Anonymous said...

Let's bear in mind that the BB promotion is just a move in BL's attempt to maintain his position. The fact that BL finds BB acceptable is no reason to infer that anyone else does, or will. If anything, the fact that BL is using her in this capacity (and that she is willing to be so used) is a reason to doubt her acceptability!

Scylla said...

Oh, right, I wasn't clear about "that's fine".

Look, anyone can have an opinion about who would make the best editor of the PGR, of course. I guess I'd be pleased if Dave Chalmers did it. And anyone can have an opinion about who's not going to be very good, and I guess a lot of people do think Brogaard won't be. But that's not really what I was asking.

I think it takes some pretty dramatic reason to justify the September Statement, to justify collecting a lot of bad shit about BL and posting it in a central place, and to justify the ed board telling him things have to change. The fact that someone else might be better at it is not such a reason. So, presumably people who do think all this shitstorm is justified think things have got terribly out of hand. And what I'm asking is whether the addition of Brogaard, if the editorial board is satisfied, means that it's no longer a situation that requires Jason Stanley's benign intervention.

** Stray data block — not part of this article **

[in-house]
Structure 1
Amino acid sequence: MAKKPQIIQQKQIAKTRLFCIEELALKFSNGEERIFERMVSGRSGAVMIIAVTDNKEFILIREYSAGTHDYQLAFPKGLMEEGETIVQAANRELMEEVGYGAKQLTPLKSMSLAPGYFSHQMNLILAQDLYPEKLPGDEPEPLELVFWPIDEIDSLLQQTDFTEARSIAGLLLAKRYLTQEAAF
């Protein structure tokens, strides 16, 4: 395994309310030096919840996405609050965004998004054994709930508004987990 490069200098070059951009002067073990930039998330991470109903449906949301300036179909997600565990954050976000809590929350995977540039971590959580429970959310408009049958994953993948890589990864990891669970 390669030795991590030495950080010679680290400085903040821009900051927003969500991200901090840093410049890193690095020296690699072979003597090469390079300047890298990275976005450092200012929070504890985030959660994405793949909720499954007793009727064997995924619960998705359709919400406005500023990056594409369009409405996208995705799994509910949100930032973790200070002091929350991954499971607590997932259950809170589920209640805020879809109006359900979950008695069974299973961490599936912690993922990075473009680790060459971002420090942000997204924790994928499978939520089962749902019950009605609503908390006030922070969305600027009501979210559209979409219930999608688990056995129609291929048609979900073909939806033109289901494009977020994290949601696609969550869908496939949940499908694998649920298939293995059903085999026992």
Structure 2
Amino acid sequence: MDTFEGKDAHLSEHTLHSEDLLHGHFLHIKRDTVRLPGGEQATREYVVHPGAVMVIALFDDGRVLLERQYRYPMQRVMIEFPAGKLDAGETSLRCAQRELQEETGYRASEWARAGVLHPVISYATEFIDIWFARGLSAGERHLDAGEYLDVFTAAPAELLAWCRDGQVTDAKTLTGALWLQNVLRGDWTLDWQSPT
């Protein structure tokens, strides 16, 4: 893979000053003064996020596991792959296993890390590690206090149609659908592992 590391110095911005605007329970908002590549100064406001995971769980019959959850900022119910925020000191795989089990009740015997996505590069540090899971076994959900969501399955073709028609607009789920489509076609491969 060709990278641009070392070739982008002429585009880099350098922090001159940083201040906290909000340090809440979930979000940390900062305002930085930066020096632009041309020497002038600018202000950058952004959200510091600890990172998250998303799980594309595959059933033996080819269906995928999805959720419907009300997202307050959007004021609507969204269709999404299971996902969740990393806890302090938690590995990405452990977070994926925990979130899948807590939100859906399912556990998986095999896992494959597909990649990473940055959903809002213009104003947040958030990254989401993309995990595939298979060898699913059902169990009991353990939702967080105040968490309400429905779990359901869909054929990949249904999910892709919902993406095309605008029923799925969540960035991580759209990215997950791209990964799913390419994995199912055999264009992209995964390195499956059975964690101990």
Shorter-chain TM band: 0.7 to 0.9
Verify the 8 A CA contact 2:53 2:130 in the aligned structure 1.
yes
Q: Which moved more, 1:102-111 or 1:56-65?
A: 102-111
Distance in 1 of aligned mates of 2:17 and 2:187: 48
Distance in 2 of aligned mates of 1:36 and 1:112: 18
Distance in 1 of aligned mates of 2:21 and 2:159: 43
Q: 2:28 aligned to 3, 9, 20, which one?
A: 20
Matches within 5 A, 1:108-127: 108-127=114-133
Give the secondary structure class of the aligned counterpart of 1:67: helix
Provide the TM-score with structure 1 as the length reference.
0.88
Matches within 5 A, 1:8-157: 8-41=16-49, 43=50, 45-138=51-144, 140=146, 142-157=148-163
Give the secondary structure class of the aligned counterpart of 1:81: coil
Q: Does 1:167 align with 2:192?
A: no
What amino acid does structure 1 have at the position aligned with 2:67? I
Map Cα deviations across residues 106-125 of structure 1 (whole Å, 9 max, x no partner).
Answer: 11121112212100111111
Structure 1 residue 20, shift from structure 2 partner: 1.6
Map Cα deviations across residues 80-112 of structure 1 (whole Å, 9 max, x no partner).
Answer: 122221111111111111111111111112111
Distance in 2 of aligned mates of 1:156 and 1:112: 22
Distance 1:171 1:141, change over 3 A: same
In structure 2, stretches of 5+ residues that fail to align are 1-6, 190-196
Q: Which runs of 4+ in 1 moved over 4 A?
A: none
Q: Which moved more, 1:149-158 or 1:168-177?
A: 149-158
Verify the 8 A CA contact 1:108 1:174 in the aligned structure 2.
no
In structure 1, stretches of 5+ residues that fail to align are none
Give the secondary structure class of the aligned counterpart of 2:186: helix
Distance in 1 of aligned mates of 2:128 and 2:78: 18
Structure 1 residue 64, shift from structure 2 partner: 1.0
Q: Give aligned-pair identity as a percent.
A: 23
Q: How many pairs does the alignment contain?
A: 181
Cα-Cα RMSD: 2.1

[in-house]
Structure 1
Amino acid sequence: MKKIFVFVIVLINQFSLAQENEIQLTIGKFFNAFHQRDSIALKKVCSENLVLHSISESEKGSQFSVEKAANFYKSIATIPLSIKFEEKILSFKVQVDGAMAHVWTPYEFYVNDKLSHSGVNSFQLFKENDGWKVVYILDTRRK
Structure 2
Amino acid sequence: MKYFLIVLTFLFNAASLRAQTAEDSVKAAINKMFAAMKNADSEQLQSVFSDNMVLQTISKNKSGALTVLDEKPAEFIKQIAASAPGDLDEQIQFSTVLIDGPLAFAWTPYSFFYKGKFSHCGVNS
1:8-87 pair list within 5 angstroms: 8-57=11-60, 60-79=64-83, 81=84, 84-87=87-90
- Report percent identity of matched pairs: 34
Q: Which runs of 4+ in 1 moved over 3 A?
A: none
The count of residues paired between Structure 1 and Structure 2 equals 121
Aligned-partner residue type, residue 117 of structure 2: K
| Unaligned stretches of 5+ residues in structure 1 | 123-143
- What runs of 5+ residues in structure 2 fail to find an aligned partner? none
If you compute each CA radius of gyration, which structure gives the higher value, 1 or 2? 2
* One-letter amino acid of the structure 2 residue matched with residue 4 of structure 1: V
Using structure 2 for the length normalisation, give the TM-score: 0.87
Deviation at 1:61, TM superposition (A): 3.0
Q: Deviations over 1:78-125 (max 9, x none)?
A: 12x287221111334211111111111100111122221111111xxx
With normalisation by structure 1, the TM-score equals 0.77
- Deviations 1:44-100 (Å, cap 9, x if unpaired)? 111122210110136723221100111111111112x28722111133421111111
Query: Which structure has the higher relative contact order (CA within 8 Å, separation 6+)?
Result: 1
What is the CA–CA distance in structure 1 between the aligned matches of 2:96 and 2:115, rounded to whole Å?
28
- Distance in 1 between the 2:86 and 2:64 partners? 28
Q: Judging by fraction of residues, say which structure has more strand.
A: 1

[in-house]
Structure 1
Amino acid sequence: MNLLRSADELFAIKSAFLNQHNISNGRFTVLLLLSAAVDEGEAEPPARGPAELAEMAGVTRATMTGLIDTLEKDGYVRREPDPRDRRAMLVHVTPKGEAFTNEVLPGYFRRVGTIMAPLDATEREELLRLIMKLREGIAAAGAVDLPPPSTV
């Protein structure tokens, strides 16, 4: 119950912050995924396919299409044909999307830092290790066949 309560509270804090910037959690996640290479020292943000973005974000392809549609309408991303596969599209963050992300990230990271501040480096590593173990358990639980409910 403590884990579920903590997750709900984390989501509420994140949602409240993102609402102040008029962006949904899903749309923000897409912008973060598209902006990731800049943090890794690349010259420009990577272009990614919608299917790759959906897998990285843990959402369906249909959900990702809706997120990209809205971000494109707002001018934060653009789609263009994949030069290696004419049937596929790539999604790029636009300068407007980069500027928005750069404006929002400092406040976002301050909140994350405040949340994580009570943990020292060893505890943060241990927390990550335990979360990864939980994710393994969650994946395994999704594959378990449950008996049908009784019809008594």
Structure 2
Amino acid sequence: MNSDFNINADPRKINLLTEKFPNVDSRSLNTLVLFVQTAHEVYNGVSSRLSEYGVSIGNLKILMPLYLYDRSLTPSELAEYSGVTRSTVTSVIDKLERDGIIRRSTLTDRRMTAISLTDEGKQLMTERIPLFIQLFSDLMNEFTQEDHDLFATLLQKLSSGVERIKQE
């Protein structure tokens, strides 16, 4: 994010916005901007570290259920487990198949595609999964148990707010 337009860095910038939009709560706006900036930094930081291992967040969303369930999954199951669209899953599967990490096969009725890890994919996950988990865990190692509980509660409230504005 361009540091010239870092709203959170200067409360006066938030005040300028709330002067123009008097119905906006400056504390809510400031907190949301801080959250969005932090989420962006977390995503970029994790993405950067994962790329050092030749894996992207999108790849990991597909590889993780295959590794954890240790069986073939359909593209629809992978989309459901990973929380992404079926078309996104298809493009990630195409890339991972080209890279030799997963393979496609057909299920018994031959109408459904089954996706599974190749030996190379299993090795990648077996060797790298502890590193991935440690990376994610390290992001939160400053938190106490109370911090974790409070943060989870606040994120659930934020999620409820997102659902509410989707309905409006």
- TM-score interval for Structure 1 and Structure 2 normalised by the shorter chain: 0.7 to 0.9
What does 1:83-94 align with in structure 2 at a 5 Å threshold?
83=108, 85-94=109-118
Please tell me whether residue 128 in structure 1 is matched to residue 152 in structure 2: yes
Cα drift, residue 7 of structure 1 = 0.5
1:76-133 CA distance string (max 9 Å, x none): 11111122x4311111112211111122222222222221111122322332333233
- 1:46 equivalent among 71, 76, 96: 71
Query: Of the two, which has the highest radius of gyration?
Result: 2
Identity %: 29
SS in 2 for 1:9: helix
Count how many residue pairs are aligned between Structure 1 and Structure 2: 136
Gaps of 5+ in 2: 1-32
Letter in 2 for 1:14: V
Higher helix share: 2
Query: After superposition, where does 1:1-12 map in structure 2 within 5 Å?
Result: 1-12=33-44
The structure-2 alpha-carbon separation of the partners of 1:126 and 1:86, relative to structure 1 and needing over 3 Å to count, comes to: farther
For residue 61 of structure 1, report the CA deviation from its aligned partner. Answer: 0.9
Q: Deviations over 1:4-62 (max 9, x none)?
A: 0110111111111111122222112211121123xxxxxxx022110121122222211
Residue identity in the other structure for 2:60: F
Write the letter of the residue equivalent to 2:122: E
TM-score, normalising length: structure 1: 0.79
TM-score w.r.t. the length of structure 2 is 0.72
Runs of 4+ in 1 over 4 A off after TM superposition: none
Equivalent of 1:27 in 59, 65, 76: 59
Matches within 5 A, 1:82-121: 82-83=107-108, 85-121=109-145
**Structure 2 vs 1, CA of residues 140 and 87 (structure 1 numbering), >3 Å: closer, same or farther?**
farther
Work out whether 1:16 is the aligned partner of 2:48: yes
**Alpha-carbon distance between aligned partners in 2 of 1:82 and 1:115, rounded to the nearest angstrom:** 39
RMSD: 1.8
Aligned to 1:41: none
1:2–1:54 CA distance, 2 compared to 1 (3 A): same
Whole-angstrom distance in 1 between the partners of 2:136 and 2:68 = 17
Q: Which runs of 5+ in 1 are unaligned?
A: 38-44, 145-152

I do think so, irrespective of my personal opinion of BB. (Or of BL, for that matter.)

Anonymous said...

I agree, Scylla. It does take a pretty dramatic reason to justify such action. For my part, I think we have a sufficiently dramatic reason.

Anonymous said...

PS: Jason Stanley is on the board. His intervention (benign or otherwise) is qua board member.

Anonymous said...

If Leiter owns the PGR, he is king of the PGR. It's his right as owner to decide what powers the advisory board has or does not have. I would assume that the advisory board does't have the power to assign editors because it looks like Leiter, not the board, gave coeditor status to Brogaard. If the advisory board can't replace editors, I have a hard time seeing how they might be duty-bound to replace the editor, because you can't be duty-bound to do something you cannot do.